Soap Box Derby
All-American Soap Box Derby in Akron
by Lexi Hotchkiss
When you think of a soap box derby, your brain probably conjures up an image of a gee-golly time of yesteryear filled with Andy Griffith Show-style capers, poodle skirts, bobby socks and malt shop soda pops. Heck, when your grandparents were kids, soap box derby cars were made of just that - giant wooden boxes used to hold soap.
So, you might be a little surprised to learn that this old-school sport - now known as "gravity racing" - is experiencing quite the peak these days. And, things get downright competitive.
Don't believe me? Then check out the 76th Annual All-American Soap Box Derby in Akron July 19 - 25.
How does it work? Boys and girls from all around the world ranging in age from 7 - 20 order official International Soap Box Derby kits that include a shell, wooden floorboards and the appropriate hardware. Cars are then assembled in as little as five hours with the help of an adult.
Then, these kids compete in soap box derby races all around the world in an effort to qualify for the mother-of-all-races in Akron.
"We have 110 [soap box derby] districts around the world and 600 competitive races throughout the year. We have racers coming from all over the U.S., Canada, New Zealand, Germany and even Japan," Bobby Dinkins, Vice President of the All-American Soap Box Derby, said.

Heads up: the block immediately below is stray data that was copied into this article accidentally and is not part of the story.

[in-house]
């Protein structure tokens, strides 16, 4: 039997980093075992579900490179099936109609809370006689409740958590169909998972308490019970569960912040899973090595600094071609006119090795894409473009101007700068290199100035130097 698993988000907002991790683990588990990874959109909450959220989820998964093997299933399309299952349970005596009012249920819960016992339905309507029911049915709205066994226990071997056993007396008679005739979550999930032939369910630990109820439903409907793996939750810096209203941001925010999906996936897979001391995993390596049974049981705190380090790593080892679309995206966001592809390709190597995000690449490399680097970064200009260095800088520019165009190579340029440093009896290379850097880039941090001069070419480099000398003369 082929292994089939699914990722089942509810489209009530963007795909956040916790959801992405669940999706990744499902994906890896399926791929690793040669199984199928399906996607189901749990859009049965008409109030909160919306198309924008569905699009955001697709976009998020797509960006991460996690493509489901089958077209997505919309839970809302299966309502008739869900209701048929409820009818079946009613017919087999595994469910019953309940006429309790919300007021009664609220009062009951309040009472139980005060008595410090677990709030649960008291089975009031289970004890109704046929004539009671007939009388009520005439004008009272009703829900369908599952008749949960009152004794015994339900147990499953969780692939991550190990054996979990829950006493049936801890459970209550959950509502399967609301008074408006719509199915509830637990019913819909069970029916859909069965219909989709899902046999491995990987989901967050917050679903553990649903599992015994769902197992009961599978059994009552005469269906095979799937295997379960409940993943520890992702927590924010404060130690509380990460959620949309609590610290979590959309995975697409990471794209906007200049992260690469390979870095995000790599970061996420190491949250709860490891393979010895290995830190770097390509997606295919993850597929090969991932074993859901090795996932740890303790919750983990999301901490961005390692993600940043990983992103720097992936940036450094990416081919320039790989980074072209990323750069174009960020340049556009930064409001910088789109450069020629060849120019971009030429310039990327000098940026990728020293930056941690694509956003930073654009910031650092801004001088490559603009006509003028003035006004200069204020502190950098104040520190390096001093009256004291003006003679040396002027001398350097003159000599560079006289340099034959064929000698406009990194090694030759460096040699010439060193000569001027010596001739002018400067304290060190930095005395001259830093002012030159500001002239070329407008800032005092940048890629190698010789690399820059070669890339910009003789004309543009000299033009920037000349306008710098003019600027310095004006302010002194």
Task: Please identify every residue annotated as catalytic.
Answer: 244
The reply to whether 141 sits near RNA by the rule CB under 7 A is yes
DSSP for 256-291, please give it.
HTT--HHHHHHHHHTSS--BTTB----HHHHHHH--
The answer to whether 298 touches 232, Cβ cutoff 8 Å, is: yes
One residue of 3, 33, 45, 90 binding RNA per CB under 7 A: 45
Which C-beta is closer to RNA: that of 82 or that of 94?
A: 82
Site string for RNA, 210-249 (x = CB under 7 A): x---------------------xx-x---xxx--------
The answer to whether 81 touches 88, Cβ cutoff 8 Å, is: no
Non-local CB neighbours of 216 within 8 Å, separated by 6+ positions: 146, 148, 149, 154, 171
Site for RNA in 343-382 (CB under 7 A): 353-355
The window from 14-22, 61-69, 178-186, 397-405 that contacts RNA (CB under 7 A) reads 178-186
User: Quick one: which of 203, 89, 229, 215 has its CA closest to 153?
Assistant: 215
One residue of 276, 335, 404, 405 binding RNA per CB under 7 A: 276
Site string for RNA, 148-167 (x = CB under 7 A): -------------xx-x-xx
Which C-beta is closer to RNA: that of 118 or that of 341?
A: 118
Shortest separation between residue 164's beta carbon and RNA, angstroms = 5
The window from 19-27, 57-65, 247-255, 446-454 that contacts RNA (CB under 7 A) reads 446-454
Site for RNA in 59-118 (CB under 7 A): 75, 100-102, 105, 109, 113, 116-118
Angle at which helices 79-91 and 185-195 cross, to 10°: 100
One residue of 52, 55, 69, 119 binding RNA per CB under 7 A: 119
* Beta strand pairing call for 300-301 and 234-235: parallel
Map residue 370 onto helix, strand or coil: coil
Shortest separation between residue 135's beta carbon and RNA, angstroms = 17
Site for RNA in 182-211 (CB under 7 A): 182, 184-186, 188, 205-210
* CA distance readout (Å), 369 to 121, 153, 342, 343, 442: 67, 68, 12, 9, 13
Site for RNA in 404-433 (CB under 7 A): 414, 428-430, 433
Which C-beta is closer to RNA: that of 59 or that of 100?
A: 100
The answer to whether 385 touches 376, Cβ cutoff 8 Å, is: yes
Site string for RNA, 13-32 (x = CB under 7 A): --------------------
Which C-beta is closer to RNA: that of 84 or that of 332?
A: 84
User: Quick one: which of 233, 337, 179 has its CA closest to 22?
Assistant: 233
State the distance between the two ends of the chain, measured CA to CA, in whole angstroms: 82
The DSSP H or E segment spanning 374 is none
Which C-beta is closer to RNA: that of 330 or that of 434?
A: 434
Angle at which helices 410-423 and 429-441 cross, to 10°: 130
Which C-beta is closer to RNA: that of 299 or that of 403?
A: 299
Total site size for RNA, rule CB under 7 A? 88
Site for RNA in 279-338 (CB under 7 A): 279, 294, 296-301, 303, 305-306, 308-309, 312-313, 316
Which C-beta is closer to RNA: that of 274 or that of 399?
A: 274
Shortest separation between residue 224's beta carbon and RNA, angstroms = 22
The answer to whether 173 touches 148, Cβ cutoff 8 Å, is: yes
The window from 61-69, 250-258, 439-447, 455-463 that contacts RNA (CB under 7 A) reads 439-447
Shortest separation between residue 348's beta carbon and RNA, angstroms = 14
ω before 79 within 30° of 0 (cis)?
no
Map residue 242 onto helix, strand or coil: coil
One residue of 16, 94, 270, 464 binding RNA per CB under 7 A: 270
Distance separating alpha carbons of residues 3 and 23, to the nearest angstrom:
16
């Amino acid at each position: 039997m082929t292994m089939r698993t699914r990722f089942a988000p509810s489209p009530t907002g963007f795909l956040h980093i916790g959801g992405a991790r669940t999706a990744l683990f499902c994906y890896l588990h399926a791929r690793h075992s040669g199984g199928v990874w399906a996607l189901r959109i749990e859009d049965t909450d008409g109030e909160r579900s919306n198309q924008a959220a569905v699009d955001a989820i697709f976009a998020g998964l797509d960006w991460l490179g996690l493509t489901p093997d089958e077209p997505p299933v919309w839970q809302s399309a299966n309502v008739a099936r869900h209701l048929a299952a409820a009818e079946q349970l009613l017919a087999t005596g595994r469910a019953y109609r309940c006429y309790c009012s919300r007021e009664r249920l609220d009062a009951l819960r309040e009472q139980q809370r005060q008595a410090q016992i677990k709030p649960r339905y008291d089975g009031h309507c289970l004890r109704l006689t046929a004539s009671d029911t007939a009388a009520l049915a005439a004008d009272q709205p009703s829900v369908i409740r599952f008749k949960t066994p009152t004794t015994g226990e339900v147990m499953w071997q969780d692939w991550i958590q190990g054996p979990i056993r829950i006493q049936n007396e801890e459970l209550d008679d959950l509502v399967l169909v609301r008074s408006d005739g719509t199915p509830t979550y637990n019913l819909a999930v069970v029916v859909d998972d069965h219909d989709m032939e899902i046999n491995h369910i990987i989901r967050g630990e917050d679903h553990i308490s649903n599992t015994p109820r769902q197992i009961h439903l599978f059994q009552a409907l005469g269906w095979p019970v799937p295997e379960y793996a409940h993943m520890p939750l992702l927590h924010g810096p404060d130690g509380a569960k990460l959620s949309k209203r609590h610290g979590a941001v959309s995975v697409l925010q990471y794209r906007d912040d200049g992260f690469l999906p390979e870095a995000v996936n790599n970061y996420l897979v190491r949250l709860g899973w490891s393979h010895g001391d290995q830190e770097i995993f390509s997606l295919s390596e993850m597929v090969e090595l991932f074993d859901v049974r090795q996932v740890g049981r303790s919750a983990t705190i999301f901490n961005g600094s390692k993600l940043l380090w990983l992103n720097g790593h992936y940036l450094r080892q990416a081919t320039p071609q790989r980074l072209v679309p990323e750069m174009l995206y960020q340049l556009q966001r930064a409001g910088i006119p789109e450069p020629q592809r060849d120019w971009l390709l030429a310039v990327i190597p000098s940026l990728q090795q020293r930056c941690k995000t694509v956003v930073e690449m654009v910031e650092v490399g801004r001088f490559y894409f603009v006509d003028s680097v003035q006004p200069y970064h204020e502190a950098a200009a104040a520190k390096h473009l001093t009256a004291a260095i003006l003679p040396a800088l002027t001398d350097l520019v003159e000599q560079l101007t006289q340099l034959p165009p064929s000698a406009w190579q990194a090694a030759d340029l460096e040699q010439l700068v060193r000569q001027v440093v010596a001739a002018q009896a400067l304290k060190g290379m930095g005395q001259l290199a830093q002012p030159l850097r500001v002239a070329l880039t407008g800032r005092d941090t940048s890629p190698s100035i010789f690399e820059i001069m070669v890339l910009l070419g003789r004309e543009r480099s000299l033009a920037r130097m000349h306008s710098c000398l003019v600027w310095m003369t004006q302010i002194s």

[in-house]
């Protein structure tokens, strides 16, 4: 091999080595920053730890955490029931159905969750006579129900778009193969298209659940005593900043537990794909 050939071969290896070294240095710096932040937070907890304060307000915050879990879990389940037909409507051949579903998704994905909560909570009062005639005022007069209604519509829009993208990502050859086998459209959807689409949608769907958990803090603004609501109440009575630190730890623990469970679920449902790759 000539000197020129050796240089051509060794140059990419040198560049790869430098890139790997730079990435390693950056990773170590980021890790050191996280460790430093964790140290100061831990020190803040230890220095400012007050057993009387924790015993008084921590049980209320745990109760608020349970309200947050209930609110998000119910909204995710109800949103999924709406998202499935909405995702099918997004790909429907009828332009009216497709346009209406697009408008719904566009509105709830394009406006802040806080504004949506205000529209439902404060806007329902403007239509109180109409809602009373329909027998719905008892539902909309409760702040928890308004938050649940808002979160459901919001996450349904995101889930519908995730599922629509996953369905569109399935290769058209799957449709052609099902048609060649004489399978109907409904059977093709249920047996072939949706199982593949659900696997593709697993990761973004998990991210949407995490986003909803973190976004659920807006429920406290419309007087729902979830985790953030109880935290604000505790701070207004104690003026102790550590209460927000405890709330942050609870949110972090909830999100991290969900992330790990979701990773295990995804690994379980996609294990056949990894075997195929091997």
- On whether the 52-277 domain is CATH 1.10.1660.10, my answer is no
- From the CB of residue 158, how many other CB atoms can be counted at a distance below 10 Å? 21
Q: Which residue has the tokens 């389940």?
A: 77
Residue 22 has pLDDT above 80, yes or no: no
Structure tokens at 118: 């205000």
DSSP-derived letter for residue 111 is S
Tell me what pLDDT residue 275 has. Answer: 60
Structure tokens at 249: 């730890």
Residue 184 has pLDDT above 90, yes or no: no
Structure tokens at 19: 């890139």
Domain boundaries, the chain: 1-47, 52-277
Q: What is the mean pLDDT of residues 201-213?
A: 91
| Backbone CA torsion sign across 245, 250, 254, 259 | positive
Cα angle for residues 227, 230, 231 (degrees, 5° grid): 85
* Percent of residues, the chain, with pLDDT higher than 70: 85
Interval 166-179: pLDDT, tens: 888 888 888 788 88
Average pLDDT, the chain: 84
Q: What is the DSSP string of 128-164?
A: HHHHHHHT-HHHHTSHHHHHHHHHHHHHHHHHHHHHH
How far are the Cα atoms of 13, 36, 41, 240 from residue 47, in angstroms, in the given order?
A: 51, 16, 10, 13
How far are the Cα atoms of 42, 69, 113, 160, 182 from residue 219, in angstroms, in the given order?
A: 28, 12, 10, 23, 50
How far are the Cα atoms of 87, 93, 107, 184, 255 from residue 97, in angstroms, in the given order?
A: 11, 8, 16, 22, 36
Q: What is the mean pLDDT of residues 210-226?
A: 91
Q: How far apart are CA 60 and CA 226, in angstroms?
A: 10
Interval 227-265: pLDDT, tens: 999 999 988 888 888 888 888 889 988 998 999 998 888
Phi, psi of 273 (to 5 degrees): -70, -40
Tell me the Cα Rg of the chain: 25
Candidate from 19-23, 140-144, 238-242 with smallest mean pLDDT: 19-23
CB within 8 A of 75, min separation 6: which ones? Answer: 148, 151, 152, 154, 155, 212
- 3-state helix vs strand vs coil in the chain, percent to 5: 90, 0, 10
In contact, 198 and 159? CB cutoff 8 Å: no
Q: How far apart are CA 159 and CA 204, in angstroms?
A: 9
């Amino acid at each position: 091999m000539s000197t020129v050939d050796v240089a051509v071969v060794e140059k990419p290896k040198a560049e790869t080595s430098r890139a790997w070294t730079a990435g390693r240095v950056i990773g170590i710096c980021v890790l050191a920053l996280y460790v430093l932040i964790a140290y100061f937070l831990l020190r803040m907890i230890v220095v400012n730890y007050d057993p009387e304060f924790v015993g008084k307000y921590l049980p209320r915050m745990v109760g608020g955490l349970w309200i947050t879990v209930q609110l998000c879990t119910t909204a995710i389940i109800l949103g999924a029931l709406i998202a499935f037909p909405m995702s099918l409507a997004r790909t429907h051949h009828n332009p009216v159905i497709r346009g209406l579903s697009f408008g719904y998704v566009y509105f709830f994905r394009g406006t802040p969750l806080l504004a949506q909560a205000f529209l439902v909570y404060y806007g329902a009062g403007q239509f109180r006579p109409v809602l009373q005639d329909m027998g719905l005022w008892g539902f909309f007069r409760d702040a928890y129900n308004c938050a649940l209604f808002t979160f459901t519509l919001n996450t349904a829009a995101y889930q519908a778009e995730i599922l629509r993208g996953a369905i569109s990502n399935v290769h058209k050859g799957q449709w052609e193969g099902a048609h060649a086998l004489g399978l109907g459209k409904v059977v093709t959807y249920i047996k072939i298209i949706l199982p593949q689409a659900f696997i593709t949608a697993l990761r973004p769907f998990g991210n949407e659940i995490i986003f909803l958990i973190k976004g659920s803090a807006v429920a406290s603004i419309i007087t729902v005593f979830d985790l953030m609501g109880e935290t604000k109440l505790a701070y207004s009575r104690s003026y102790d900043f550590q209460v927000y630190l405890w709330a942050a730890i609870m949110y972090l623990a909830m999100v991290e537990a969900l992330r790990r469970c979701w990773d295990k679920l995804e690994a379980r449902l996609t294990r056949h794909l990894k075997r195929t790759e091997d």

The derby in Akron draws as many as 10,000 people including the 450 racers themselves, which is the largest number of racers in the event's history.
"I get asked all the time, ‘If they're all using the same kit, how do the cars go faster?' Well, first, it's about setting up your car. A lot of it is determined by how you have your axels aligned and subtle things like spindling, which is making sure that all four wheels are touching the ground. Then, there's the aerodynamics of how the child sits in the car. And, obviously, driver skill is the number one factor. You also have to remember that these kids are winning by thousandths of a second," said Dinkins.
The weeklong event in Akron includes several days of racing, inspections and all sorts of family-friendly events including a parade and opening ceremonies at Lock 3 in downtown Akron on Monday, July 20.
"This year, we'll also have rally racing all throughout the week. This is the first time we're doing this," said Dinkins.
While the derby in Akron is a seven-day event, the official race is on Saturday, July 25 at Derby Downs, a specially designed track. Throughout the race, visitors can enjoy fair-style refreshments, inflatables, games and other activities.
The goals of the Soap Box Derby program haven't changed since it began in 1934. They are to teach youngsters some of the basic skills of workmanship, the spirit of competition and the perseverance to continue a project once it has begun.
"These kids are learning STEM [Science, Technology, Engineering, Math] and they don't even know it," said Dinkins.
When you visit the big race, you'll feel a true sense of Americana. Soap box derby racing brings together families in a unique way that most sports can't ever boast.
"It's not like baseball, basketball or soccer - you don't drop your kids off and come back an hour later to pick them up. With soap box derby, the family is involved from start to finish," said Dinkins. "I've had dads say to me, ‘It's the only activity where I get to spend time with my daughter. We race and spend time together every weekend.'"
To learn more, visit www.aasbd.org.